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Marketing to the Underbanked

Posted by Wendell Brock on Thu, Aug 20, 2009

Underserved and underbanked communities are well documented in the banking industry: the FDIC and others have published numerous reports, surveys and case studies on the topic. And, the FFIEC produces an annual list of underbanked communities, segmented by county and state.

As capital flows into the banking industry via bank acquisitions, many new business plans are incorporating programs to attract and retain underserved/underbanked consumers. Some bank acquirers are even selecting target banks based on their locations relative to known underserved communities.

Creating a plan

A bank purchase, like a bank start-up, has a rigorous regulatory approval process. Part of that process involves documenting and defending a viable business and marketing plan for the target institution. This is no small undertaking, particularly when an underserved community is being addressed. Studies have repeatedly shown that underserved consumers do not respond consistently to traditional bank marketing programs.

Earlier this year, the FDIC completed a survey to identify initiatives and programs that had successfully attracted underserved consumers. Effective outreach efforts incorporated the following actions:

•    Early identification of suitable underserved populations
•    Early commitment to serve the targeted underserved population
•    Launch of educational programs, teaching consumers about managing their finances
•    Partnership with established community organizations
•    Off-site outreach visits and programs (at high schools and/or community organizations)
•    Providing educational pamphlets and brochures
•    Marketing specifically to certain demographics (such as Hispanic Americans)
•    Empowering bank employees to welcome underbanked customers  

The FDIC study concludes that educational programs, community partnership and off-site visits are among the most effective strategies. Subjects most commonly addressed in educational sessions are basic banking and savings programs. While the development of financial pamphlets and brochures is a popular strategy among banks, it is not considered one of the most effective methods.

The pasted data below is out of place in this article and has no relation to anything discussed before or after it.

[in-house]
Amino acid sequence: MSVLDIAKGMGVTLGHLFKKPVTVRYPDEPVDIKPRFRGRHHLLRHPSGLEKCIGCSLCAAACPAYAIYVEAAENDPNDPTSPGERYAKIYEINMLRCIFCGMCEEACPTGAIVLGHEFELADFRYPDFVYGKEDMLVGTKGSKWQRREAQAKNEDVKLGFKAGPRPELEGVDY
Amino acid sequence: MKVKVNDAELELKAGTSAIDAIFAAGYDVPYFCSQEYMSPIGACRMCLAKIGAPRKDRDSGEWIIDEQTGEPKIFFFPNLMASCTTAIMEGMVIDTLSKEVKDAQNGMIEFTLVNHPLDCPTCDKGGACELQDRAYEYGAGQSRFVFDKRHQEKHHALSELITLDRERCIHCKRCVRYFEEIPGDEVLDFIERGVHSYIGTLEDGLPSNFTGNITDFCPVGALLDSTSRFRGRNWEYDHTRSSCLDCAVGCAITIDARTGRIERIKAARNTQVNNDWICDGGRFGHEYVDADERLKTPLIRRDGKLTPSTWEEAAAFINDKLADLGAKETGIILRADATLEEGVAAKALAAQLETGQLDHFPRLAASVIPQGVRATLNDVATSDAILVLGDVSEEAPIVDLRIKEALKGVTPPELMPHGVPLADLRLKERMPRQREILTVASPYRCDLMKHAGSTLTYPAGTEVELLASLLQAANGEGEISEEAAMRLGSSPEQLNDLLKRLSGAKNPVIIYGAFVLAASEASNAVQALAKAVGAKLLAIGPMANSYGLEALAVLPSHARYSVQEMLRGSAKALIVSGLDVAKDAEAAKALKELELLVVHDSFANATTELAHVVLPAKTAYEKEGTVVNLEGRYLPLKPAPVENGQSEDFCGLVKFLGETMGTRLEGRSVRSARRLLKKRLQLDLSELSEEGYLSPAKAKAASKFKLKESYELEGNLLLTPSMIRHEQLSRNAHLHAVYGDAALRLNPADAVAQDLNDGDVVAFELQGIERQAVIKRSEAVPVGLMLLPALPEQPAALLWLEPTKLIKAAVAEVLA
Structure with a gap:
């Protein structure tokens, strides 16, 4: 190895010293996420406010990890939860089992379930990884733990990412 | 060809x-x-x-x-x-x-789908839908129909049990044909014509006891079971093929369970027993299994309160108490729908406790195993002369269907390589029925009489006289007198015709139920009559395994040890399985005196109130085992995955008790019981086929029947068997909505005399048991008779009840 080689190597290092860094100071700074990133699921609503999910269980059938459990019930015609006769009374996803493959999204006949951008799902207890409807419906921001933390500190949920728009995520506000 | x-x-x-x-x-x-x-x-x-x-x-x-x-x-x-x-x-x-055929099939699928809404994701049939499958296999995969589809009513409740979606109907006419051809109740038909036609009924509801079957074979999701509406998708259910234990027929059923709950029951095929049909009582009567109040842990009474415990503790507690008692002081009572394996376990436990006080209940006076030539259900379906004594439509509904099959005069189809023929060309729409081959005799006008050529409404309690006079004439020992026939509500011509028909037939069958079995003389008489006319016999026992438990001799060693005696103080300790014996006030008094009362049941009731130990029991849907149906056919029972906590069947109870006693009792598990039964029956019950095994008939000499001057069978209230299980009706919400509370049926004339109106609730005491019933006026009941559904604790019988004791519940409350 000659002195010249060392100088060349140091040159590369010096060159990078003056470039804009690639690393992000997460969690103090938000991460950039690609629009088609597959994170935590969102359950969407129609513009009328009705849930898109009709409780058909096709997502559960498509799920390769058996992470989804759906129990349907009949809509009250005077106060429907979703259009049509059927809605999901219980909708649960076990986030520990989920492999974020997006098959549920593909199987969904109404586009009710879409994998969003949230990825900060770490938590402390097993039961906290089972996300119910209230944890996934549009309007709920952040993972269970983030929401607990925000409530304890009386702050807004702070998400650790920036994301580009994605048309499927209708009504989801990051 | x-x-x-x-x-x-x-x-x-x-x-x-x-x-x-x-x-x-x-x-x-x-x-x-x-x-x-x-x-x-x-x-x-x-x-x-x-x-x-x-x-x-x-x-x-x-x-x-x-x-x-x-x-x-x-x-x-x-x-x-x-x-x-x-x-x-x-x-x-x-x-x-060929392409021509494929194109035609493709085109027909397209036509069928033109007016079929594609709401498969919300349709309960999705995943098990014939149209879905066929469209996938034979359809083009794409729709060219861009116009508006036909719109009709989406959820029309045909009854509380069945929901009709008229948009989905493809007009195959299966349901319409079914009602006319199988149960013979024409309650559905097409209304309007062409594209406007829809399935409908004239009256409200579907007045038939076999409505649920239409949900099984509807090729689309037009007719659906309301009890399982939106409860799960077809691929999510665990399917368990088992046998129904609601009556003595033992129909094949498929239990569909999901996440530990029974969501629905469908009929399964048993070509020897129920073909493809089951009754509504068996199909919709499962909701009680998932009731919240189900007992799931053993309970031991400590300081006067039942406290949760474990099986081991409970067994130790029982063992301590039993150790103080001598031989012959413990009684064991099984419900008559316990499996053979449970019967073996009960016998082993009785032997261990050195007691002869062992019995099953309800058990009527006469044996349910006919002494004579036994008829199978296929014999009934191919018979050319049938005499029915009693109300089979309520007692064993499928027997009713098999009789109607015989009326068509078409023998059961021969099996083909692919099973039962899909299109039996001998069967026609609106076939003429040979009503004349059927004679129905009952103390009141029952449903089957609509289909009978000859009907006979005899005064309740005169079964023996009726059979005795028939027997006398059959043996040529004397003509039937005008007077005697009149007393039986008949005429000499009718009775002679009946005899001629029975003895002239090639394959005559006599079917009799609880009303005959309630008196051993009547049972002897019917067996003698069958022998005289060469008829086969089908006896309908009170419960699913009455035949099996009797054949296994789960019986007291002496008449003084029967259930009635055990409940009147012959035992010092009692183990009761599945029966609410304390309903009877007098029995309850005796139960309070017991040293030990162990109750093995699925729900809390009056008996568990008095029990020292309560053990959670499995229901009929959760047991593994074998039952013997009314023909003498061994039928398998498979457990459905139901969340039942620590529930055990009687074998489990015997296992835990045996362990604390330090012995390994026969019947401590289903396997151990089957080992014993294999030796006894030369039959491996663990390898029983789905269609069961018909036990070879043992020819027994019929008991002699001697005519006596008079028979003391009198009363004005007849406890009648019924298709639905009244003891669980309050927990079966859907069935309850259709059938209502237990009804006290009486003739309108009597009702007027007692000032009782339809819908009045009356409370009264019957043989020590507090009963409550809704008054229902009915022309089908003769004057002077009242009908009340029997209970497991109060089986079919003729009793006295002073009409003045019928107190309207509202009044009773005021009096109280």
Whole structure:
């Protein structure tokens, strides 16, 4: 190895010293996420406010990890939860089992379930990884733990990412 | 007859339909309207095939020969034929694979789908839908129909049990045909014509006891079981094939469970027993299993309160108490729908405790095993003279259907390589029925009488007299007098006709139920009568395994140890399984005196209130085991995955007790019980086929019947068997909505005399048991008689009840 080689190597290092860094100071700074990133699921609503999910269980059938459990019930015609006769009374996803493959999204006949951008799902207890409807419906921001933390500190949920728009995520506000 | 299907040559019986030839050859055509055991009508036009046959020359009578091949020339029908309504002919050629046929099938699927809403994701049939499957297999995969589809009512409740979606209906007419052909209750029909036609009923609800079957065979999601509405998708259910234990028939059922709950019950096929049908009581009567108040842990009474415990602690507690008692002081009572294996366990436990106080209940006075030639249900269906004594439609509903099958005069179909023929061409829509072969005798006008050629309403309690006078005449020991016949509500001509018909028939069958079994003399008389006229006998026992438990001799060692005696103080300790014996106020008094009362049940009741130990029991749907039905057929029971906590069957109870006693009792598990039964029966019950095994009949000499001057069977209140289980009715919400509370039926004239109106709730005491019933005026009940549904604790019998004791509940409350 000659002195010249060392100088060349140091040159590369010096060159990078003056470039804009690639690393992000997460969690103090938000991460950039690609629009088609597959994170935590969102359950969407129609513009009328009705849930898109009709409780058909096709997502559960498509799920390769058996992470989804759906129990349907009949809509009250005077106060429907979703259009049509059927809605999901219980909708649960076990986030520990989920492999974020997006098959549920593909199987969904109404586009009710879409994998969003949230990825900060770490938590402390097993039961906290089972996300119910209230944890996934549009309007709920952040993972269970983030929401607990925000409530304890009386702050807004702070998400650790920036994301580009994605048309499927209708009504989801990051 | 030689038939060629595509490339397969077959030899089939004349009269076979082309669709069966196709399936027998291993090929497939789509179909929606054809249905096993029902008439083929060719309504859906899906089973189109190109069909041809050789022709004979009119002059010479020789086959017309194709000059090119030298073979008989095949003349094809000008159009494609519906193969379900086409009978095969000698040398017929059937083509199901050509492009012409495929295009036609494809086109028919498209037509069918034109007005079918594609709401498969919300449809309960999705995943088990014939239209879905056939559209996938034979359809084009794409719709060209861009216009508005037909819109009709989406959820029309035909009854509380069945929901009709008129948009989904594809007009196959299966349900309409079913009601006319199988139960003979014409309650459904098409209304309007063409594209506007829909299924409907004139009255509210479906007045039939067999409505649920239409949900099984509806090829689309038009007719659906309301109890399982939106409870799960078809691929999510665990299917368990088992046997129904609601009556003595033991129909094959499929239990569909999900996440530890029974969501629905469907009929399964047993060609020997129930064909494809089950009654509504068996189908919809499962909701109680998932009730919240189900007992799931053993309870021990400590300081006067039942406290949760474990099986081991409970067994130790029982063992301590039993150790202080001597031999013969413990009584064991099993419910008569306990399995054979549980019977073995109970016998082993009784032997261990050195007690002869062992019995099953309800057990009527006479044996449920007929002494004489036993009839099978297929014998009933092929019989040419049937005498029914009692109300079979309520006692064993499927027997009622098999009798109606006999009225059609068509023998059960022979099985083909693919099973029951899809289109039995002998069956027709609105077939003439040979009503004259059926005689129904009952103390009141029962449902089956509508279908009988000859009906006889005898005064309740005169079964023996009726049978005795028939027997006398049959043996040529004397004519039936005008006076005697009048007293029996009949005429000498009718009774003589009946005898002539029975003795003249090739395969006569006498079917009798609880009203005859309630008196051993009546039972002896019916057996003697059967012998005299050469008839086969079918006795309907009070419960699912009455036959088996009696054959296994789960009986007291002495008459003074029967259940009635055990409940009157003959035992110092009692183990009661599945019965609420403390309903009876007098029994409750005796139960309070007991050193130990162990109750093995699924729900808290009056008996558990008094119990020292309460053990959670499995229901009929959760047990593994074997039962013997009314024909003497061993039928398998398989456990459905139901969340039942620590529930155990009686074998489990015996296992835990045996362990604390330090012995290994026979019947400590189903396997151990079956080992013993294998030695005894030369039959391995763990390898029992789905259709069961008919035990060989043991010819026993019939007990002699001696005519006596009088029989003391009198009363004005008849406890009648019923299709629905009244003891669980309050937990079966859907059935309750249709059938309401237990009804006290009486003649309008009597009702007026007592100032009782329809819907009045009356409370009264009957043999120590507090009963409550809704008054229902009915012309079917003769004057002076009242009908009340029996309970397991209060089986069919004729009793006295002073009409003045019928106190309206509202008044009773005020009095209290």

Widening the service set

An effective underserved outreach program must also include the establishment of services for noncustomers, such as:

•    Check cashing
•    Money orders
•    Bill-pay
•    Reloadable, prepaid cash cards

A challenge in offering these services to noncustomers is setting effective identification policies. Underserved customers are less likely to have traditional forms of I.D., such as a driver’s license or state-issued I.D. card. Also, the goal in developing relationships with noncustomers is to transition them into accountholder status over time. Banks must therefore establish identification policies for account openings as well. Lack of identification is a common reason new account applications are denied. Other reasons include negative results on a check screen and a low credit score.

Assuming noncustomers can be converted to accountholders, these entry-level customers will also have specialized service needs. Banking services to consider for this customer segment include:

•    Checking and savings accounts with no balance requirements
•    Accounts with less severe overdraft penalties
•    Short-term, unsecured loan facilities with specialized eligibility requirements

For further insights on working with underserved customers, read the full FDIC survey, available here:

Topics: underserved communities, underserved areas, Unbanked customers, Bank Marketing

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